Gaming transcends boundaries
Jul 25, 2017 04:11PM ● Published by Keyra Kristoffersen
James Truitt and Jeremy Hardman play the tabletop game Yamatai. (Keyra Kristoffersen/City Journals)
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Gamers from all over Utah, and some from beyond, gathered at the South Towne Expo Center in Sandy July 7–8 to partake in some of their favorite activities, from tournaments to shopping to panels and special guests, all themed around tabletop and video game play.
“I’m a gamer nerd,” said Heather Steele. “Just kinda seeing what it’s about and immerse myself in gamer nerdiness.”
Steele and her husband are first-time Gaming Con attendees, but, Steele said, she has volunteered at every other Salt lake Comic Con event save one.
“I saw that Fantasy Flight is gonna be here and that’s my husband’s game. I’m a Diablo girl but going back, the game we met through was Super Mario RPG on Super Nintendo System,” she said.
In 2016, Salt Lake Gaming Con became a subsidiary of the Salt Lake Comic Con brand, which hosts the Fan Xperience in the spring and will have their signature convention the weekend of September 21–23 at the Salt Palace Convention Center. According to their website, the Salt Lake Gaming Con is the sixth biggest gaming convention in the country with over 15,000 attendees the first year, earning it the distinction of being one of the largest first-year gaming conventions.
Spring Pederson is a first-time Gaming Con attendee who has enjoyed taking her children to the other Salt Lake Comic Con events and had considered going to Gaming Con. When she got free tickets at a “Wonder Woman” screening, she was excited to check out the convention.
“We’re liking what we’re seeing,” said Pederson. “I have an older son who’s really into gaming so this is something to do with him. I like having something to do with my older kids that we can bond with — we like playing games together so this could be really cool.”
Gaming Con attendees were treated to many sights, sounds, and opportunities to immerse themselves in whatever type of gaming that interested them the most. Video game and PC consoles, both classic and state of the art, were set up for tournaments for games such as Pokémon, Super Smash Bros and League of Legends, as well as arcade tournaments in Pinball Alley, where other guests could sit down for some singular or group free play. Tournaments were also held in tabletop gaming with the classic battle of the dice in group play at Warhammer, Yu-Gi-Oh! and Destiny among other titles.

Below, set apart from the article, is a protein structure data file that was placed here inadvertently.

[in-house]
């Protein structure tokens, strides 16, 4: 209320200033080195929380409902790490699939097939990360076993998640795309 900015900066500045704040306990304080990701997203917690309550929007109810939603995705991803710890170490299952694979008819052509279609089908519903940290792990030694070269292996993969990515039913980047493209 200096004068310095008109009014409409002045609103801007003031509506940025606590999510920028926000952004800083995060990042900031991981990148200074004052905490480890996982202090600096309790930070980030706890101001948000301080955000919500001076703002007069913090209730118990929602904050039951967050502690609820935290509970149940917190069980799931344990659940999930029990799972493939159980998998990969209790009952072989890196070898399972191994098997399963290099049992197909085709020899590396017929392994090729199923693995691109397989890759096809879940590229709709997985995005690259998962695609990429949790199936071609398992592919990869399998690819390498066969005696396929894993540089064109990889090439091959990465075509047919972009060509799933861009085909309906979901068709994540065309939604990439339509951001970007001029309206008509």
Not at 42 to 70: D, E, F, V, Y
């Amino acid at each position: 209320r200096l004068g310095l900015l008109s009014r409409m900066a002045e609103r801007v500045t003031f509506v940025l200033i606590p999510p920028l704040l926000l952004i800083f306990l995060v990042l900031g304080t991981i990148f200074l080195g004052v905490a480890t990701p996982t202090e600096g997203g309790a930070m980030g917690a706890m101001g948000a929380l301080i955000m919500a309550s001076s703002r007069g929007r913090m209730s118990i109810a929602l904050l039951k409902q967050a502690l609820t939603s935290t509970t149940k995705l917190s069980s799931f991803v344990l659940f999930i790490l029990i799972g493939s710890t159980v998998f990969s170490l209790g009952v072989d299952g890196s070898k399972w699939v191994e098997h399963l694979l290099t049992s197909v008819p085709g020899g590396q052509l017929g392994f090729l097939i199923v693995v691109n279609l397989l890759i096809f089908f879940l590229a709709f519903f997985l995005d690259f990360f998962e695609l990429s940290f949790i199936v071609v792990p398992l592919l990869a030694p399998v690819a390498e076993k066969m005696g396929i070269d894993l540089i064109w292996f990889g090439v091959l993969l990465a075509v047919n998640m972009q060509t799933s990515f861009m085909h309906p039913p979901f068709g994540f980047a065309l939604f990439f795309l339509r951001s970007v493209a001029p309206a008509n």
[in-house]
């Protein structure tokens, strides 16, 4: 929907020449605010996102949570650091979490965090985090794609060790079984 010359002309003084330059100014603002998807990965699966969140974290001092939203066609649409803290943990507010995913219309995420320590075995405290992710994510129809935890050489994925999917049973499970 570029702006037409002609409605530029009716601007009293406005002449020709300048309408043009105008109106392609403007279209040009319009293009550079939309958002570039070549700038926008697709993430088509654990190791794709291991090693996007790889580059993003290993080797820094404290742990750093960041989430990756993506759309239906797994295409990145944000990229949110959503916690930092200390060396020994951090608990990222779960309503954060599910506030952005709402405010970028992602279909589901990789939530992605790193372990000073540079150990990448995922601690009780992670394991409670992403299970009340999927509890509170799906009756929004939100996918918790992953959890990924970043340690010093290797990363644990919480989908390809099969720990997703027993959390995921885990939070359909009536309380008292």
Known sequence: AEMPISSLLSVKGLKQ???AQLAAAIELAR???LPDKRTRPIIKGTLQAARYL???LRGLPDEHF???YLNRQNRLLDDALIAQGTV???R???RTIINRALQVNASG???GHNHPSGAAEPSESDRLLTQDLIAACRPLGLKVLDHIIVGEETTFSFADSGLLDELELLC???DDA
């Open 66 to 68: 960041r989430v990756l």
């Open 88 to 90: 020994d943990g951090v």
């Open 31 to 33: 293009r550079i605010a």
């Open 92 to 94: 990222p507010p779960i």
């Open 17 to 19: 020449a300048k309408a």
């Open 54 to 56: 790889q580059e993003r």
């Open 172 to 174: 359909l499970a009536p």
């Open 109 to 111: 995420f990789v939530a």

“I’m basically here for the tournaments,” said Todd Avens. “I’m a big Super Smash Bros player — I’m a sponsored player with Outcry Gaming.”
Avens was also at Gaming Con to commentate for the tournaments which he’s been doing for a year and half, and loves the atmosphere.
“Competing, you always feel that rush, and when you have people around you it’s even better because you’ve got people cheering for you, you’ve got people cheering against you, and all that anxiety.”
Avens says he likes going to conventions because of the opportunity to meet people with the same interests.
“You have so many opportunities to push your own agenda and push your own dreams and find out how to get more involved in the community,” said Avens.
Tables were also set up for game test play where creators could have amateurs and serious gamers screen their games for cohesiveness and judge the interest in their subject.
Kids were treated to life-sized Jenga games, foam bat battles and real-life Mario Kart races around Bowser’s Castle and through an inflatable brick tunnel.
Panels were also scheduled with industry notables like Ed Fries, who was part of the original team that created Microsoft Excel and Word, before taking over Microsoft Games as vice president of game publishing and going on to lead the team that created the Xbox system.
One of the delights for many is watching for the people cosplaying as favorite characters.
Lindsey Spiker and her boyfriend Bobby Prieto came down from Boise dressed up as Sora and Kairi, the famous couple from popular video game Kingdom Hearts.
“Kingdom Hearts is kind of a big thing for us because it’s like how our relationship started,” said Prieto. “We always do Sora/Kairi or Sailor Moon/Tuxedo Mask.”
The couple had seen each other at other comic conventions but really met and got together when they both attended the Salt Lake Comic Con.
“We’re just huge Con nerds,” said Spiker, who began going to conventions in Seattle before coming down to Salt Lake.
Half of the proceeds from Saturday Gaming Con ticket sales were donated to the Humane Society of Utah, named Salt Lake Comic Con’s official charity for 2017.
“It’s about people. It’s the community that makes this so great. That’s what I love about it,” said Avens.
For more information about upcoming Salt Lake Comic Con events, visit http://saltlakecomiccon.com/